Berger’s deliciously deadpan 23rd reworks the vein of satiric fantasy prominently displayed in such predecessors as Vital Parts (1970) and Regiment of Women (1973).
It begins with an expository sentence that ought to be worshipped by writing students—the thrust of which is that “animatronics technician” Ellery Pierce attempts to repair his failures with real women by creating a mechanical one. The result of his Frankensteinian labors is Phyllis, a gorgeous, superefficient domestic paragon and sexual partner “who” draws rave reviews from houseguests, but consigns Ellery to unemployment, indigence, and depression when his creation develops a mind, so to speak, of her own. Phyllis leaves him to pursue a show biz career, working as a stripper and lap dancer, phone-sex caller, and star of a “voyeur website,” before finding her niche in community theater and acquiring useful notoriety for her unconventional interpretation of Lady Macbeth. Hollywood stardom follows; her ambitious “Camille” remake flops: reenter Ellery, who has pulled himself together to manage Phyllis’s new conquest of afternoon TV, even greater celebrity, leading to—what else? —the White House. The amusing dénouement pits Phyllis against President Joe Sloan, a hilarious amalgam of LBJ’s and Bill Clinton’s worst qualities, and her accession to power persuades Ellery that one final “adjustment” is required. This dour novel, an obvious lineal descendant of Jerzy Kosinski’s Being There and Richard Condon’s The Manchurian Candidate, has many enviable virtues. Berger has long since mastered a narrative concision that few living writers (perhaps only Muriel Spark) can equal, and his incidental potshots at reality TV, political correctness, media overkill, and other wretched excesses will have readers chuckling with malicious pleasure. It’s all a bit hurried, though (the ending is particularly abrupt): not quite vintage Berger, therefore.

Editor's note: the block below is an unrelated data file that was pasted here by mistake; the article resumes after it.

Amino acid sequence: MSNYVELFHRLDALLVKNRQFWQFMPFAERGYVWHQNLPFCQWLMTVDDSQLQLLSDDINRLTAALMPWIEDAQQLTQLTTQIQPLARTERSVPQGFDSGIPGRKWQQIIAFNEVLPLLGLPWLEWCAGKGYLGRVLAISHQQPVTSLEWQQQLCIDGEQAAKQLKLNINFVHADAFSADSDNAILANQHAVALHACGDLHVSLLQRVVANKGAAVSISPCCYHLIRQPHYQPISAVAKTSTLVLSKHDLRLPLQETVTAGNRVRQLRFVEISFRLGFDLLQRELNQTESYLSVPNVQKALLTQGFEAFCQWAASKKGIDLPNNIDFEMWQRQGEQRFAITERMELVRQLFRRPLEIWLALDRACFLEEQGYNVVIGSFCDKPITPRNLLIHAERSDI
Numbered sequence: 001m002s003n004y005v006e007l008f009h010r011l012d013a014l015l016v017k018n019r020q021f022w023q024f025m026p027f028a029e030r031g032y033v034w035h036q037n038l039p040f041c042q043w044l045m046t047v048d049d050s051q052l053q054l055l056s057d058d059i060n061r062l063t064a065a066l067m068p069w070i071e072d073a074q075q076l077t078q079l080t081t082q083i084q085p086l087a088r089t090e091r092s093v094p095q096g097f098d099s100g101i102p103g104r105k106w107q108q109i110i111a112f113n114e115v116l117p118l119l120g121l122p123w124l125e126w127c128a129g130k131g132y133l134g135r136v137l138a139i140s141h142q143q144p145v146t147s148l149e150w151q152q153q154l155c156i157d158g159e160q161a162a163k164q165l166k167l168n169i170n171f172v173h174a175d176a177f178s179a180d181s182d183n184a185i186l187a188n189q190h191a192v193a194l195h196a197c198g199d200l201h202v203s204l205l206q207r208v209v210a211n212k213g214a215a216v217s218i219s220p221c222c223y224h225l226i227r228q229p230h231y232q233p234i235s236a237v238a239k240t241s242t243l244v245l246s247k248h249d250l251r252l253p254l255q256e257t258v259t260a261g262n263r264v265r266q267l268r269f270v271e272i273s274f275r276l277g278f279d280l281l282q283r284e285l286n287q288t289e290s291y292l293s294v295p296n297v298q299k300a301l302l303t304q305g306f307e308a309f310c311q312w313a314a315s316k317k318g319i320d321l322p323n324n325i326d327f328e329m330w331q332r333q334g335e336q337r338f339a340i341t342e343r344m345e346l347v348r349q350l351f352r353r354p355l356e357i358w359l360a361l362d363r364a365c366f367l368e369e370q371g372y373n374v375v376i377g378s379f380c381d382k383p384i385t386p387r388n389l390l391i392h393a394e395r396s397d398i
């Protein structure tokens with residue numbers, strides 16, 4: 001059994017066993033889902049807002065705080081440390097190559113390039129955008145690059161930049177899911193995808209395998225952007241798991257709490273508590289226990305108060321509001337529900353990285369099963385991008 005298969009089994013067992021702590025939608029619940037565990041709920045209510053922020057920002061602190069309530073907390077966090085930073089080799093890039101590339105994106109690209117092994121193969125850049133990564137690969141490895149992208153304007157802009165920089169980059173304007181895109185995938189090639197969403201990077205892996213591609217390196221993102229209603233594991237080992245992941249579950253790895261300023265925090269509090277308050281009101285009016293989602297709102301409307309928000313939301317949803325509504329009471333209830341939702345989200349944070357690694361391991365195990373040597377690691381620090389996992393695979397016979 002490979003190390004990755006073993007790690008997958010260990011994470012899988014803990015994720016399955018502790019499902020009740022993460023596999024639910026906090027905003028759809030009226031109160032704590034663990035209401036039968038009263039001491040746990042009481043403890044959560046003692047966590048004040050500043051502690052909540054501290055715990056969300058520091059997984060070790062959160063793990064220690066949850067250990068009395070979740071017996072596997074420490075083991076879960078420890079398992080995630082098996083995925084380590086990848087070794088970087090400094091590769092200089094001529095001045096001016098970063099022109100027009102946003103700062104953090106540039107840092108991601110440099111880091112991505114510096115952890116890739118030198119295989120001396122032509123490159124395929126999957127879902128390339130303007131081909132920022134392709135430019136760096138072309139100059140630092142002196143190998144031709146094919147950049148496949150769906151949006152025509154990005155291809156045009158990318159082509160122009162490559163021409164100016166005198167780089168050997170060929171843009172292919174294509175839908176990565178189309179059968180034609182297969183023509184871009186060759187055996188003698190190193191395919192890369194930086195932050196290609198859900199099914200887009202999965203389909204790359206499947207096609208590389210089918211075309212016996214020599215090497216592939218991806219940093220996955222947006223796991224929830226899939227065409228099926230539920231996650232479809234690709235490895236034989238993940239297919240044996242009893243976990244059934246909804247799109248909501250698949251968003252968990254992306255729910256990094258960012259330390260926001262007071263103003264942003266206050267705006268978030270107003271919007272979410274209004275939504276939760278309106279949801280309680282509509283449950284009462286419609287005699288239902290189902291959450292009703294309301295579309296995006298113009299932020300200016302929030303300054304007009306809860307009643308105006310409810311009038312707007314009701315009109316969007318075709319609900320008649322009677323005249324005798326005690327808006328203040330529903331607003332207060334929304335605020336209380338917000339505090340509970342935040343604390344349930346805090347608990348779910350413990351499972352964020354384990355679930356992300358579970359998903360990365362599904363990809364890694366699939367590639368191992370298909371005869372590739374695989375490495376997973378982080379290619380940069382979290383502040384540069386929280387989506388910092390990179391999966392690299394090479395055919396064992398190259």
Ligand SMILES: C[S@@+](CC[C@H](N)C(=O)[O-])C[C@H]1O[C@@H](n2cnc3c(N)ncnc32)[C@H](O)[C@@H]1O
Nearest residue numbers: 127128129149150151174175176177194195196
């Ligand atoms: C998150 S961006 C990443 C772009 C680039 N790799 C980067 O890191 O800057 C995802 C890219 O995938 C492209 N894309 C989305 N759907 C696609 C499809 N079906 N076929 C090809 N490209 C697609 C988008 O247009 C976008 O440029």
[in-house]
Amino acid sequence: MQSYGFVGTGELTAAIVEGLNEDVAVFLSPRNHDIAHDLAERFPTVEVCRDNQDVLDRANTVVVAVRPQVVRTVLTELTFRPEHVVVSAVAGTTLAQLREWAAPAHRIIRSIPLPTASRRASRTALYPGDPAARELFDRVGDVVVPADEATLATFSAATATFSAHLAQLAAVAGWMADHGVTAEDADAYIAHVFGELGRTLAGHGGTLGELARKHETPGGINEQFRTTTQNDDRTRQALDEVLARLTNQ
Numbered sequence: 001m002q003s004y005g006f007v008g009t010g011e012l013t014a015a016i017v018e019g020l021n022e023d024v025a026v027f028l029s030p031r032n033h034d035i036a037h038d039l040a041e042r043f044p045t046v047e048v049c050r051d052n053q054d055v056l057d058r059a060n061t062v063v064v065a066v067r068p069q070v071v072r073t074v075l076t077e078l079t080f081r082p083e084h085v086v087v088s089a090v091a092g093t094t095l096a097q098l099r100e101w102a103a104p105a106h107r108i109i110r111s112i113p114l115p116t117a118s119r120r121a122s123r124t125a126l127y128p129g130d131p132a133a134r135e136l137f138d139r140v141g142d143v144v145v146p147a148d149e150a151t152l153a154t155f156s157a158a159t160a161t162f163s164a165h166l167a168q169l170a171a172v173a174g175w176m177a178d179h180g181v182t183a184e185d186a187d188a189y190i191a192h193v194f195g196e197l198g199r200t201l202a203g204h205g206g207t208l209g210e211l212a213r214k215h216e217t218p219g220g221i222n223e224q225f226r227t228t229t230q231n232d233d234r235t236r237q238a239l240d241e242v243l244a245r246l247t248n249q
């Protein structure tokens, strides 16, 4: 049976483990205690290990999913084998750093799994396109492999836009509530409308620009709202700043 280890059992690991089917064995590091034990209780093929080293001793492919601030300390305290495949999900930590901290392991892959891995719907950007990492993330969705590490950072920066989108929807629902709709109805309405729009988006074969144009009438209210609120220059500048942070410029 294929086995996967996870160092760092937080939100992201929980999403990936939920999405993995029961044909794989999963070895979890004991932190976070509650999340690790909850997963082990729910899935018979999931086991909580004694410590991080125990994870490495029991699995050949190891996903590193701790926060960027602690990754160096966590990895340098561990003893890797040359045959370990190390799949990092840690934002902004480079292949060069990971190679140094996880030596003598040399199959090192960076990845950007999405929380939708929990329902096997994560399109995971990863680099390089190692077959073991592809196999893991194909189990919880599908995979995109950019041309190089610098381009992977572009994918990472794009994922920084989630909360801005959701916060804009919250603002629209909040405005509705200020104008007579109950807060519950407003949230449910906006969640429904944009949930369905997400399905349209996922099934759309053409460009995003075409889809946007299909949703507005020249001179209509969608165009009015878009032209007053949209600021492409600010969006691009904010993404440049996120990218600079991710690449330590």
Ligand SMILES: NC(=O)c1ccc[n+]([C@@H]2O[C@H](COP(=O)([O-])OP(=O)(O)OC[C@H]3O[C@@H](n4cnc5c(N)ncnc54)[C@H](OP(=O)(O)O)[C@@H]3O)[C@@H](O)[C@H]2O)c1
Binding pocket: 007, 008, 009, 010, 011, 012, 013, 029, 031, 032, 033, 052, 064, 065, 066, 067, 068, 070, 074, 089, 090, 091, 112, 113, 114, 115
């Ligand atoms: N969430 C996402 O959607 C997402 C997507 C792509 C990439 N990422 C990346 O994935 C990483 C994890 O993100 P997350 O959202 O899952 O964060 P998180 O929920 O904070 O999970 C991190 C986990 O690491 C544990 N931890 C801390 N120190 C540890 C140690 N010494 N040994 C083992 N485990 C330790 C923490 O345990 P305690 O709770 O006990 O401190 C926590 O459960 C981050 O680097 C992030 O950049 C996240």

Still, who wouldn’t pay to hear Sinatra with the sniffles? It is Berger, and it’s essential reading.